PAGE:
Academic journal article The University of Memphis Law Review

Equal Justice for Same-Sex Married Couples: Reflections by a Tennessee Lawyer Who Helped Achieve National Marriage Equality

Academic journal article The University of Memphis Law Review

Equal Justice for Same-Sex Married Couples: Reflections by a Tennessee Lawyer Who Helped Achieve National Marriage Equality

Article excerpt




A. Finding Plaintiffs and Filing in District Court 184

B. The Sixth Circuit 190

C. Supreme Court 195

1. Preparing for the Supreme Court 197

2. Oral Argument 199



Listening to Justice Kennedy read his majority decision summary in Obergefell v. Hodges' is an experience and feeling housed in that mind-space preserved for life-time achievements and life-changing moments. It is June 26, 2015, and sitting next to me in the courtroom of the Supreme Court of the United States ("Supreme Court" or "Court") is another attorney on the case, Douglas Hallward-Driemeier.2 I am in the first row (middle left, facing the bench) of seats reserved for Supreme Court attorneys associated with the case. Partially in front of me and slightly left is another row with seats, closest is attorney Mary Bonauto.3 Justice Kennedy with great eloquences begins and a hush and stillness takes over the courtroom. We already know a significant decision has been made and was to be read when retired Justice John Paul Stevens4 entered the Courtroom a few minutes before the nine justices and took a seat in the dignitary section, a row of reserved seats on the right side of the courtroom facing the lawyers and the bench.5 Excitement mixed with trepidation fills the air, and we are held at attention as Justice Kennedy reads for the majority.6 At first those present are not sure the expanse of this decision, but soon it is evident the ruling is landmark. Justice Kennedy reads with deliberate clarity and a tempo reminiscent of poetry; lawyers begin to cry-quietly, but audibly-as the fight for equality has found acceptance and protection in the Constitution.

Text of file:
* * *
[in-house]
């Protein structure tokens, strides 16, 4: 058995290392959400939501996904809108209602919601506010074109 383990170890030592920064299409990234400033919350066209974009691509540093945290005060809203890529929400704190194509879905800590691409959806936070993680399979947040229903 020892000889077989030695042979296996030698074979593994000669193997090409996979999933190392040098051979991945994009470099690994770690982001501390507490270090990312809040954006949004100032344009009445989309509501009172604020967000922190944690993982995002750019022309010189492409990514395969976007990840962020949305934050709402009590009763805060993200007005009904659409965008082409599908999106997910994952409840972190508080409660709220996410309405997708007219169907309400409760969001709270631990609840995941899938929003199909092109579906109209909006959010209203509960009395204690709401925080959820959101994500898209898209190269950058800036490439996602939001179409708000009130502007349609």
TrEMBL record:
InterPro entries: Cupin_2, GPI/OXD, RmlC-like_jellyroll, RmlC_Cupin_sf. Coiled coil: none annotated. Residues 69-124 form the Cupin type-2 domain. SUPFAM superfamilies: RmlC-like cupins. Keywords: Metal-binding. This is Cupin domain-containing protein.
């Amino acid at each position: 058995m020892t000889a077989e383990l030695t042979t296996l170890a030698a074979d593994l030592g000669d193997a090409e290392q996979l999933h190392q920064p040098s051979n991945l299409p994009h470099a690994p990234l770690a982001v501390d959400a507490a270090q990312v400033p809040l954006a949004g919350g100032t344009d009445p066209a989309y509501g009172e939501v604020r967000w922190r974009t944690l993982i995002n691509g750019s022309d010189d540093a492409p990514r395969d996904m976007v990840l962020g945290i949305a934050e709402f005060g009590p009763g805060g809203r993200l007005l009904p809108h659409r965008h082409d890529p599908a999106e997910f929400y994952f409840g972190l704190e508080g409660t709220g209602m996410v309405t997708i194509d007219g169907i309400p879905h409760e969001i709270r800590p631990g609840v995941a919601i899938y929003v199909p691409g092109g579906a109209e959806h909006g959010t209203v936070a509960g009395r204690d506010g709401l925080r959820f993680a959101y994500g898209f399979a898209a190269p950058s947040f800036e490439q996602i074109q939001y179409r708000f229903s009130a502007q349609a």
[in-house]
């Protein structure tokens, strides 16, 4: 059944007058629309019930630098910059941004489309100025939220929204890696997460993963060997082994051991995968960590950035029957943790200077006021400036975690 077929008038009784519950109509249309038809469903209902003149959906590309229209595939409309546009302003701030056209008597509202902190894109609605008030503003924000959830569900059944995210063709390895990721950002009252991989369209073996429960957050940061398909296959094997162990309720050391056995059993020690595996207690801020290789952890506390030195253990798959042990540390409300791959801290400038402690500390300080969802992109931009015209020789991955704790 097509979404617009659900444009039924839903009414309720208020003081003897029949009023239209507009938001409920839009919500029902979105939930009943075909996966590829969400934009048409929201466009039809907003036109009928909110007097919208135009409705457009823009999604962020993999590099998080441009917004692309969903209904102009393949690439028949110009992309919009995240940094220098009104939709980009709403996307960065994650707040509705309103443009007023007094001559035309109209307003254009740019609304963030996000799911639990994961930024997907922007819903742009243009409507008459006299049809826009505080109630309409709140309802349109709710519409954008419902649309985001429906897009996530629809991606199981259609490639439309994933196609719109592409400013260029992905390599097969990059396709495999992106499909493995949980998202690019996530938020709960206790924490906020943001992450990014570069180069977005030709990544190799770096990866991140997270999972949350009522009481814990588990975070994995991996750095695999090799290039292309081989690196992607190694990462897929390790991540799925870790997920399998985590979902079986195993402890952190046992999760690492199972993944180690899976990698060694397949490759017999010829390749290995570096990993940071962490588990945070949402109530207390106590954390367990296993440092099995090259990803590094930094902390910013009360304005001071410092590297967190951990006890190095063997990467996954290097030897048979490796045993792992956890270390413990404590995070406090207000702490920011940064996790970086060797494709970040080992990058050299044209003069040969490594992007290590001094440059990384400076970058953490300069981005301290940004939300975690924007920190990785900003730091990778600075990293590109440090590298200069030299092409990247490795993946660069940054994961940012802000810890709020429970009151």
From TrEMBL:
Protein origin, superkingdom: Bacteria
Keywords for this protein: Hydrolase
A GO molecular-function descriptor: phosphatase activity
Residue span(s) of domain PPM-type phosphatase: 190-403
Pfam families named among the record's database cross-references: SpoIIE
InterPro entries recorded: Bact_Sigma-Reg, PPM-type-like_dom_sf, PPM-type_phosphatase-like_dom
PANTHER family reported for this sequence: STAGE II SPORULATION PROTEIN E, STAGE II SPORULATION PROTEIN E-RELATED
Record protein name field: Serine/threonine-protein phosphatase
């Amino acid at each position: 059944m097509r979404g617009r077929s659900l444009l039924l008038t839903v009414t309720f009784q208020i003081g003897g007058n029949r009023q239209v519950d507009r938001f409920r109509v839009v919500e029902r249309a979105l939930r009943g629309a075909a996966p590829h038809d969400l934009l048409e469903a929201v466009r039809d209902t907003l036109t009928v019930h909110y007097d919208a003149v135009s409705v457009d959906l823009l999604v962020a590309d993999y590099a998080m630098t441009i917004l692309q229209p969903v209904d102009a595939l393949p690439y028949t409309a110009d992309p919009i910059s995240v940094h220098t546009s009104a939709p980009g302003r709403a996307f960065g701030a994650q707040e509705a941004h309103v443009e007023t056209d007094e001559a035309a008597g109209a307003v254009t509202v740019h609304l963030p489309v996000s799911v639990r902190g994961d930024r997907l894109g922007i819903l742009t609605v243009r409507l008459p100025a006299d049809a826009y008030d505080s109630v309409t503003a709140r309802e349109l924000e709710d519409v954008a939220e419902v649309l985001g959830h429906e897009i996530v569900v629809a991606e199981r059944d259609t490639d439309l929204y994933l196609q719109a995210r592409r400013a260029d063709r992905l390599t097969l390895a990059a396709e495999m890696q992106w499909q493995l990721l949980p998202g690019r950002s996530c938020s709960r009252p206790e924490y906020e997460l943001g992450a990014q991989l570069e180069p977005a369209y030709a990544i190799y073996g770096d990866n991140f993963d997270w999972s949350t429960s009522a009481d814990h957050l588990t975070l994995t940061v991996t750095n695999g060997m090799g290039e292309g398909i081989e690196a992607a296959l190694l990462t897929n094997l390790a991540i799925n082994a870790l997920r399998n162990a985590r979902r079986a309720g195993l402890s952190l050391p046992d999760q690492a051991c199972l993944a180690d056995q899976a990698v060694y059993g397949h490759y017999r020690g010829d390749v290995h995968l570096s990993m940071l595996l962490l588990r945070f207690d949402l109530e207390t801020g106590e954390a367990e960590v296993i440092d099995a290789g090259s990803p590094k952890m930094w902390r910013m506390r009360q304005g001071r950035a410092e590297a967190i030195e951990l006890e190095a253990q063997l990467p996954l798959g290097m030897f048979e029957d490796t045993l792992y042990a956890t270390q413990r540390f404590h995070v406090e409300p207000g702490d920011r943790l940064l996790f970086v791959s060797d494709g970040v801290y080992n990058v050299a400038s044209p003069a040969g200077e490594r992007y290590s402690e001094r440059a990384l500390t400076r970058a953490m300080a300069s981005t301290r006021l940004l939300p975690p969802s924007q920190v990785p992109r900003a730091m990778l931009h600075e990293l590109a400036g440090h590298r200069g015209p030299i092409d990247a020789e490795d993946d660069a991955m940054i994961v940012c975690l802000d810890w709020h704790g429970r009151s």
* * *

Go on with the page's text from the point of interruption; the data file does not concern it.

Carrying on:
My experiences as one of the Tennessee attorneys on this monumental case joins other personal memories in that special memory-space for life-changing events: the sight and sounds of my children when they entered my life; my first trip to Paris when I walked out of the subway station to the iconic Eiffel Tower; standing on the front steps of my first house viewing the sunset over the small lake; and hearing my wife say all five of my names during our wedding vows on a boat in Lake Champlain.7 Thereto are professional accomplishments carefully preserved in my memory: walking across the stage to receive my law school diploma, my work as Chair of the Labor & Employment Law Section of the Memphis Bar Association and President of the local chapter of the Federal Bar Association; being interviewed for numerous publications including the American Bar Association Journal9 about practicing law in a problem-solving style known as holistic law, and on a lighter note, being the focus of the center article in the Memphis Health and Fitness magazine sporting my tattoo of the scales of justice (a proud moment given my then 51 years of age).11

These professional events are now a distant second to what has become my life over the past two years. Now at the forefront of my professional accomplishments is my time working on the Supreme Court case that created opportunity and recognition for all same-sex couples married in the United States: the opportunity and constitutionally protected right for same-sex couples to marry in any of the fifty states and the requirement under the Fourteenth Amendment that each state recognize same-sex marriages for those couples previously married in other states. That case, Obergefell v. Hodges,2 began in Tennessee as Tanco v. Haslam}3 and that is the story I want to share.

II. Background & United States v. Windsor

There is no difference between same- and oppositesex couples with respect to this principle [that marriage is fundamental], yet same-sex couples are denied the constellation of benefits that the States have linked to marriage and are consigned to an instability many opposite-sex couples would find intolerable. …

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